24 Aug
20 August 2016.   Imagine a street, deserted of humans, cars parked dusty and unused, dead leaves skittering along in the evening breeze. There is an eerie, end-of-the-world-movie, ghost town quality. Think of the film “On the Beach” where New York City is deserted. Like that, but with the occasional bus or car passing. The trams are empty, too.
Usually this street, our neighborhood's main street, is chock-a-block with cars. Lots of horns would be sounding because everyone is in a hurry, and the lanes are often blocked by narcissitic double-parkers. Tonight you could park on the center line and not bother anyone.

Usually this street, our neighborhood’s main street, is chock-a-block with cars. Lots of horns would be sounding because everyone is in a hurry, and the lanes are often blocked by narcissistic double-parkers. Tonight you could park on the center line and not bother anyone.

That describes our “high street” as the Brits would say, Viale dei Parioli on this August Saturday night. The sidewalk markets (le bancarelle) have even disappeared by early evening since there are no prospective clients. We are the only people on foot at 19:30. There is finally shade and relief from the heat. We seek to stretch our legs after self-imposed confinement since 11:00, and we are searching for dinner.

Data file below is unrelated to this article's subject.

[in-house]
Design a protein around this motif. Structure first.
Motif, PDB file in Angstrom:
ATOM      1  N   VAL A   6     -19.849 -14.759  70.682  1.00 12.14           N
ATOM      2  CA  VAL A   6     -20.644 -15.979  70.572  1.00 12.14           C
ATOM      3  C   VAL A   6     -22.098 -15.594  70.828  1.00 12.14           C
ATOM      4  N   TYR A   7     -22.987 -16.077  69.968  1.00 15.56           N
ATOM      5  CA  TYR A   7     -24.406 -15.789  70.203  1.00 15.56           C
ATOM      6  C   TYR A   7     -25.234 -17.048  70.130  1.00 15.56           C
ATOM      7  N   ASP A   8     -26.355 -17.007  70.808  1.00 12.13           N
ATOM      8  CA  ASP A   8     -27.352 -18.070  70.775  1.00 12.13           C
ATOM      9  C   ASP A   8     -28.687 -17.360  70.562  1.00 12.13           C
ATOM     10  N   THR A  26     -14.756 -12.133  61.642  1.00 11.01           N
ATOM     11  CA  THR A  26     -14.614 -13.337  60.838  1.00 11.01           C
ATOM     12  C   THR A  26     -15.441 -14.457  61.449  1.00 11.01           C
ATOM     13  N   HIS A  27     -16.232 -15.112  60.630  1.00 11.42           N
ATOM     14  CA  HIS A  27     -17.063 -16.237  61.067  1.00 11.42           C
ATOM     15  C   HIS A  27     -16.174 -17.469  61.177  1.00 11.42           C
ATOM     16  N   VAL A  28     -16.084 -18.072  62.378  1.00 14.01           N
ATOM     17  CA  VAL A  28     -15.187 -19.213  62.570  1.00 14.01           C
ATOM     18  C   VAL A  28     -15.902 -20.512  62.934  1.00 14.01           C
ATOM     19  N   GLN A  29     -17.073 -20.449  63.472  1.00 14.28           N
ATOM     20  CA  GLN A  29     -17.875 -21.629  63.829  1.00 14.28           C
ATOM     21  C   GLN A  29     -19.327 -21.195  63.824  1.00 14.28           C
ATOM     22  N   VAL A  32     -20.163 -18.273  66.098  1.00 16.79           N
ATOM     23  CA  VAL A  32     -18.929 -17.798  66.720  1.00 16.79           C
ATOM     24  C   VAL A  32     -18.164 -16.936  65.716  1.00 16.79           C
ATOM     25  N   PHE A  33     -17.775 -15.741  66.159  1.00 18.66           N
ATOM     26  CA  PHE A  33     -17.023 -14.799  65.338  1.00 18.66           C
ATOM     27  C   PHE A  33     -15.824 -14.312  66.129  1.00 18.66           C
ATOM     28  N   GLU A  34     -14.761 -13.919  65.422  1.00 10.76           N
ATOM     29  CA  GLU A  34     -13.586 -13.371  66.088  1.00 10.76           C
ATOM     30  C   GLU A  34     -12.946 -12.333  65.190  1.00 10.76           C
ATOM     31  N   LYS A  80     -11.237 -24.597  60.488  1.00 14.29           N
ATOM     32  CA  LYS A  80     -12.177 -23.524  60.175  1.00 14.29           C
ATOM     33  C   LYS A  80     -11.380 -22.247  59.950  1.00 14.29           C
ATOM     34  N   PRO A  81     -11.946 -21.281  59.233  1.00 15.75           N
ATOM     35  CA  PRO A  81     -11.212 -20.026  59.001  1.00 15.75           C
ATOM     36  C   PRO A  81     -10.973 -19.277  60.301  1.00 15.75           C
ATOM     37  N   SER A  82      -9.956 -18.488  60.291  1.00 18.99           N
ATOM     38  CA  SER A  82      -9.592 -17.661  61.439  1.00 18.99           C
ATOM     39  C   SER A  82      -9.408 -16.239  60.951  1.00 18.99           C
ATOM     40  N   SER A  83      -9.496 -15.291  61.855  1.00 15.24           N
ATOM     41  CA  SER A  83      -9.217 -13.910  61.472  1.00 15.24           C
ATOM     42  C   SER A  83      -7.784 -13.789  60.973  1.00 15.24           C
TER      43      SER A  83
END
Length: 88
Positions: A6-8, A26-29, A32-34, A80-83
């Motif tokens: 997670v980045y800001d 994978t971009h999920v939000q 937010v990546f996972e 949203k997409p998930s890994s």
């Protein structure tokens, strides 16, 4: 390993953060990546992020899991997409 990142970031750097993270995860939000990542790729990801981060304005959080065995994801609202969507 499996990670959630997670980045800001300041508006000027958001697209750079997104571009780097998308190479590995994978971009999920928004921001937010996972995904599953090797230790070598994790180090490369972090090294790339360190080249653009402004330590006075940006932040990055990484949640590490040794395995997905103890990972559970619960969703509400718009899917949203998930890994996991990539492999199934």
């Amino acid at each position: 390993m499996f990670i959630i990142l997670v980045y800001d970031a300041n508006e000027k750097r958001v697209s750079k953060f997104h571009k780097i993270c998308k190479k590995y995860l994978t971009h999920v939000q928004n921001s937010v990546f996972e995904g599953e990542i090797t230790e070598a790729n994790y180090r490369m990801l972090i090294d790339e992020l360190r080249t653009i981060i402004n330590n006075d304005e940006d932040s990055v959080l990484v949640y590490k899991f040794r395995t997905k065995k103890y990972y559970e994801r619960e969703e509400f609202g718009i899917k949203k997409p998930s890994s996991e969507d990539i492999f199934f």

This street merchant closed up super early. No customers walking by. Usually this area is full of merchant tables.

This street merchant closed up super early. No customers walking by. Usually this area is full of merchant tables.

A couple of days prior I made a reservation, as is my practice, but this morning while we walked before the heat came on, the restaurant called. They had made a mistake. Actually, their on-line reservation system had made the mistake, but most likely because they did not bother to update the calendar. They are closed for ferie. Throughout the hours surrounding Italian lunchtime I called three more restaurants whose websites and GoogleMaps purported they were open. I called again between 17:00 and 18:00. No answer. Maybe they did not open for lunch. Perhaps they are too busy to answer the phone. It’s possible that no one answers before 18:00 when they are readying for the evening.
We decided to walk 40 minutes to an area with several good restaurants we have patronized. Surely on this hot August night one will have a table. We pass the place we ate at recently. It was fine, but has a small menu and we do not care to repeat so soon. Then as we approach each familiar restaurant, going farther and farther from home, they are all shuttered. Chiuso per Ferie. 
This is usually an attrative little aperitivo bar with umbrellas and vute tables, candles, etc. Not this month!

This is usually an attractive little aperitivo bar with umbrellas and cute tables, candles, etc. Not this month!

By now we are past the British Embassy and almost to the American Embassy in Via Veneto. Seeing a lively corner we stop to peruse the menu. Looks fine. Nonno (grandpa) is outside asking to seat us. Is there a table within? Air conditioning seems like a good idea after an hour’s walk in 80-degree Fahrenheit temps.
A memorable meal for the wrong reasons. Fish previously frozen, an over-priced wine list, and an 80-year-old-guitar-playing-singer who went from table to table. He skipped us. Might have been the look on Ric’s face.